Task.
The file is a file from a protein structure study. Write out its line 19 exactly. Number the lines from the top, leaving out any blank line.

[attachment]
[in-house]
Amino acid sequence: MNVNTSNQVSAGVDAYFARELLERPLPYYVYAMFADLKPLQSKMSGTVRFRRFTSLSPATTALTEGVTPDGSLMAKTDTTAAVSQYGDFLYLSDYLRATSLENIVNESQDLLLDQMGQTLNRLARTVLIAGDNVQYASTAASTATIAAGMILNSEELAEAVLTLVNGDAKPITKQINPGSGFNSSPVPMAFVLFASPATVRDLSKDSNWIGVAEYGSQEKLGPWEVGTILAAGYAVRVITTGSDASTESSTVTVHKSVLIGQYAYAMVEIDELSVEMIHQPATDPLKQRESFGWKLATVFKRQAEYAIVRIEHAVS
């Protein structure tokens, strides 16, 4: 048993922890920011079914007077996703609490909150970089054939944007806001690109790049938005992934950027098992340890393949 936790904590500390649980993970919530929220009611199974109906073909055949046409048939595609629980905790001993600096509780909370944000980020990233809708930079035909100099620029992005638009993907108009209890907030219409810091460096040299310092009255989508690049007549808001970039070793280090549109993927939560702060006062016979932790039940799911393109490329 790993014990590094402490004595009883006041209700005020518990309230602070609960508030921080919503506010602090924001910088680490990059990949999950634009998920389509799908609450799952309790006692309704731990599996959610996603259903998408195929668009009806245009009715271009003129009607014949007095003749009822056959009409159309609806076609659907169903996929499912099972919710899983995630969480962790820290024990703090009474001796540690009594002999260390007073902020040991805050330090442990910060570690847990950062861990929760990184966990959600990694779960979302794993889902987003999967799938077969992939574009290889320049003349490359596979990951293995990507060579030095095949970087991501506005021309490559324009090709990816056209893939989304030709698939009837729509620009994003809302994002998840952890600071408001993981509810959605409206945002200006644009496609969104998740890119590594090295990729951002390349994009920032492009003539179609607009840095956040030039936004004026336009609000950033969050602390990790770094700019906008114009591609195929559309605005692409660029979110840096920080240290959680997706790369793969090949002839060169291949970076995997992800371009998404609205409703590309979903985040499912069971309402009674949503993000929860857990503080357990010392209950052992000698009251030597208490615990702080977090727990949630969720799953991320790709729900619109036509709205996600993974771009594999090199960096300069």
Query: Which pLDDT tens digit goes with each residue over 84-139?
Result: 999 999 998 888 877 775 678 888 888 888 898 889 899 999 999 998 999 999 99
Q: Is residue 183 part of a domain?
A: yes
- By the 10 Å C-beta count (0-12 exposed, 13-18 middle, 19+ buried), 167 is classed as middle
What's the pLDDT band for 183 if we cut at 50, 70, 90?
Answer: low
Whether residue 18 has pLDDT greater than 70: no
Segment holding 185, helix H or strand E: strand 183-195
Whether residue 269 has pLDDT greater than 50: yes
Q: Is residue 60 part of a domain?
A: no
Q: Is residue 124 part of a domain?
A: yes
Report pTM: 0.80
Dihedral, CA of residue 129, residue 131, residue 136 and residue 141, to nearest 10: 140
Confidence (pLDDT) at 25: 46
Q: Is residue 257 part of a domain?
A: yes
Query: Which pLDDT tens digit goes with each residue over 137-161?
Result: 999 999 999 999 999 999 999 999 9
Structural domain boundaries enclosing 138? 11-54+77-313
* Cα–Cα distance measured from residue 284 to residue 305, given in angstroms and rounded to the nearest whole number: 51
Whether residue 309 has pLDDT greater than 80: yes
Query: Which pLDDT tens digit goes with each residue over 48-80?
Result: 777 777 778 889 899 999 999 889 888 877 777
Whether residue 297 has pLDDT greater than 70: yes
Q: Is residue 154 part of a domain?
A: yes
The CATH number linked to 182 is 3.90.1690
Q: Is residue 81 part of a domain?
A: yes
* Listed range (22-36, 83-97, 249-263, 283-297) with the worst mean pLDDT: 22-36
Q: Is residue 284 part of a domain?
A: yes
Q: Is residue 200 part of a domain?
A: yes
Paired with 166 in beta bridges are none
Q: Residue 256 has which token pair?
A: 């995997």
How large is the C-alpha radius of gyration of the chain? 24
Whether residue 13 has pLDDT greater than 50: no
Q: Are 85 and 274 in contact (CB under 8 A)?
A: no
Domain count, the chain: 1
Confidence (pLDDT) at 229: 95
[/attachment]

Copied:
Dihedral, CA of residue 129, residue 131, residue 136 and residue 141, to nearest 10: 140